Improved survival in Medicare patients with multiple myeloma: findings from a large nationwide and population-based cohort
- Medical Oncology
Authors: Ying Chen, David R. Lairson, Wenyaw Chan, Xianglin L. Du
Publisher: Springer US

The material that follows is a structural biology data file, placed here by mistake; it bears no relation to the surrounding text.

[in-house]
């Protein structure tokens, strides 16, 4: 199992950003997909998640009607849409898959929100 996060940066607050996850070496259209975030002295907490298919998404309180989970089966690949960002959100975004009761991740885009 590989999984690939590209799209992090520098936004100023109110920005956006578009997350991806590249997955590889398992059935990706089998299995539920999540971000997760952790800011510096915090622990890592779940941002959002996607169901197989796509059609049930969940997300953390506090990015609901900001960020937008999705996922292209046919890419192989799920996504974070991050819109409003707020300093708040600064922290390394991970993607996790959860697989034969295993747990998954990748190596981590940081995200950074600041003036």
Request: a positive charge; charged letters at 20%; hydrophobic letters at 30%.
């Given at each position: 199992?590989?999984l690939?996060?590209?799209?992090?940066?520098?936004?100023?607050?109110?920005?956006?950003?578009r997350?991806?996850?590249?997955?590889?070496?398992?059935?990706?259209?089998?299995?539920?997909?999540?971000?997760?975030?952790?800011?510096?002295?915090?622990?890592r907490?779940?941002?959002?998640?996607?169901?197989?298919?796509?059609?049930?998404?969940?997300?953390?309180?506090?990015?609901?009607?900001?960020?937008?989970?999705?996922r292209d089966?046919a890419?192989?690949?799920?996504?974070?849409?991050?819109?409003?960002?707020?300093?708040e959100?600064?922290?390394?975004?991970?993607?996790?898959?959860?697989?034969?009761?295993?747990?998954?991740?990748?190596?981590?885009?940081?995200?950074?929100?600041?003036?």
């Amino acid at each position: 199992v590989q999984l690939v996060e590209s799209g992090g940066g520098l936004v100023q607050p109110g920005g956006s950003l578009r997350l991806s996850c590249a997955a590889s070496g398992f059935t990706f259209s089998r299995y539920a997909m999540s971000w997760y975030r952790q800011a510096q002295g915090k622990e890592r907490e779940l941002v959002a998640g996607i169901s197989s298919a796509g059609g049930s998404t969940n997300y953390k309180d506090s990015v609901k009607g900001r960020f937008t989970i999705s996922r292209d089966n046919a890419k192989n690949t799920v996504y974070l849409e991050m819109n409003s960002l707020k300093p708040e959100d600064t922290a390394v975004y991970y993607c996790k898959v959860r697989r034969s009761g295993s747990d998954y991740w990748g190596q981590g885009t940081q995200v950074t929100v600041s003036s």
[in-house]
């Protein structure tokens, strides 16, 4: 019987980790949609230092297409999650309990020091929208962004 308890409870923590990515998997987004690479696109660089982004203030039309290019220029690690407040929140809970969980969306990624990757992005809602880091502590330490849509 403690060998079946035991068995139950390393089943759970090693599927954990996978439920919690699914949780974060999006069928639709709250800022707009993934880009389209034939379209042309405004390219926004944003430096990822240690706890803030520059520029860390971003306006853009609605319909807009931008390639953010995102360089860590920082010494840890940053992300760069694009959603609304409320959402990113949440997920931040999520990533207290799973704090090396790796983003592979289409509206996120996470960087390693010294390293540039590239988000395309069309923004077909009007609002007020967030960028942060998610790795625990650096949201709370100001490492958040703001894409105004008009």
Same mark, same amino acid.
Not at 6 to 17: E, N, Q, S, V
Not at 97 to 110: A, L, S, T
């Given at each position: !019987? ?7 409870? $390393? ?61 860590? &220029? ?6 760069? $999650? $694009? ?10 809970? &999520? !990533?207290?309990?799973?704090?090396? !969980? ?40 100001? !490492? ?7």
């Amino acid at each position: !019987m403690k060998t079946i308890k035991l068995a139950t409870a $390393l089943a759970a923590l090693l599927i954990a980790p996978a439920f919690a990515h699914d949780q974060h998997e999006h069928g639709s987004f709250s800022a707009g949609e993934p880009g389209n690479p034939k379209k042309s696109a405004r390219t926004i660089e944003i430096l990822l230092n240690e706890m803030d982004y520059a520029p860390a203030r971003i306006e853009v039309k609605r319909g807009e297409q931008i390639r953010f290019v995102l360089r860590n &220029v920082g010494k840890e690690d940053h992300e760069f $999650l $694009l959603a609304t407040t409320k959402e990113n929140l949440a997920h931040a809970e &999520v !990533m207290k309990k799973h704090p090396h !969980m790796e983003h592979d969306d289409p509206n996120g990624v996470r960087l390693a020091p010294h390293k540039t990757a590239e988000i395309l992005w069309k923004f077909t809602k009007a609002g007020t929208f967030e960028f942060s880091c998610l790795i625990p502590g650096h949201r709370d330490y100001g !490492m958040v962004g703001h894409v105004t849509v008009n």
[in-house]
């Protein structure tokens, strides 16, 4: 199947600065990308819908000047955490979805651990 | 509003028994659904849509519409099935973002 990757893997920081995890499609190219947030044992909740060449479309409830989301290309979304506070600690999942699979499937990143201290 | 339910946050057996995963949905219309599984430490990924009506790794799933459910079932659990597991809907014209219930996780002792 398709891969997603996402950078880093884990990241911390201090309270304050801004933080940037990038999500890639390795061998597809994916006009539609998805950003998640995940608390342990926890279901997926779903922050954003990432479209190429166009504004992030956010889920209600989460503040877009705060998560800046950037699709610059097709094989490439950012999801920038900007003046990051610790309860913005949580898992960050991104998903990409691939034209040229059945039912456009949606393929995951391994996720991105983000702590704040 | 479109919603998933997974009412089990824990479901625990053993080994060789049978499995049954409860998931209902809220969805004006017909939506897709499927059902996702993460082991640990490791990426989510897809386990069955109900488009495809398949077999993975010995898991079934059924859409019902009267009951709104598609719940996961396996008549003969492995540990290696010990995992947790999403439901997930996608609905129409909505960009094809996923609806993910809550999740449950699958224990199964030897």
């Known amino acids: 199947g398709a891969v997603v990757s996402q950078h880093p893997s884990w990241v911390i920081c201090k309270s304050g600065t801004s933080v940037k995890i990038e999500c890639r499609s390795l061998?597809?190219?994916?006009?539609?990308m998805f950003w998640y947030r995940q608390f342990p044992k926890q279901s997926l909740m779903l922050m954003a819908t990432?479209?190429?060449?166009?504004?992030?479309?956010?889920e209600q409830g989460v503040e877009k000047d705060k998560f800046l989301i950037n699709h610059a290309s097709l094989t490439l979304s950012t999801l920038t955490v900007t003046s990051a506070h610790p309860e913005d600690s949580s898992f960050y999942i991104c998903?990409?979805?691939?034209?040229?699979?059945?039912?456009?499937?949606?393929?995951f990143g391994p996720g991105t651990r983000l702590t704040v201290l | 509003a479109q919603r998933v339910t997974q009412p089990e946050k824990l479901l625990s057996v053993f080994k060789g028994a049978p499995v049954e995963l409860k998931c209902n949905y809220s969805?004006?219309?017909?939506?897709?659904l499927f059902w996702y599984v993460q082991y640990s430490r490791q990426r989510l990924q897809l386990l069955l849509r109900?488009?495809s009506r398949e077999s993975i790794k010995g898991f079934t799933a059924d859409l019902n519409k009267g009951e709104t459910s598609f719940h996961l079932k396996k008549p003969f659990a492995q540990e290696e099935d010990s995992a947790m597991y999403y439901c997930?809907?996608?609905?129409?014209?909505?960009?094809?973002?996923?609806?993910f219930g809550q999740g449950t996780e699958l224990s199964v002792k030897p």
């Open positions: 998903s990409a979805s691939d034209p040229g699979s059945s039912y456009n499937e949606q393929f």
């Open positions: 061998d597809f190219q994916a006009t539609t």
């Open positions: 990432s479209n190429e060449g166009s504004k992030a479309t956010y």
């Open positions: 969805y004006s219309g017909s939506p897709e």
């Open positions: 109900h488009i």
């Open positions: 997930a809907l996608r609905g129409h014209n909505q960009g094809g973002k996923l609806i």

The aim of this study was to examine whether novel agents proteasome inhibitor bortezomib and immunomodulatory drugs lenalidomide and thalidomide are effective in prolonging overall survival (OS) for patients with newly diagnosed multiple myeloma (MM) in the real-world practice setting. A nationwide and population-based retrospective cohort of elderly patients with advanced newly diagnosed MM from 2000 to 2009 were identified from the Surveillance, Epidemiology, and End Results–Medicare linked data. Survival was compared between cases in 2005–2009 and in 2000–2004, and between patients treated with anti-MM therapy and the untreated among cases in 2005–2009, using Cox proportional hazards models, Kaplan–Meier methods, and propensity score adjustment to further control for baseline confounding. Of 8839 patients, 4028 (45.6%) cases were in 2000–2004 and 4811 (54.4%) in 2005–2009. OS was significantly longer for patients in 2005–2009 than patients in 2000–2004 (27.9 vs. 20.0 months, P < 0.001). The hazard ratio for OS for cases in 2005–2009 compared with those in 2000–2004 was 0.78 (95% CI 0.74–0.82). Among 4811 cases in 2005–2009, 54% (n = 2587) received anti-MM therapy. Compared to those untreated, OS was significantly longer (41.1 vs. 27.9 months, P < 0.001) and hazard ratio was 0.58 (95% CI 0.54–0.62) in the treated patients. This study demonstrated improved survival in newly diagnosed MM patients in a more recent 5-year cohort compared with those in the previous 5 years. The survival benefit was significant across different demographic and patient characteristics. However, there were still a substantial number of MM patients not receiving anti-MM therapy.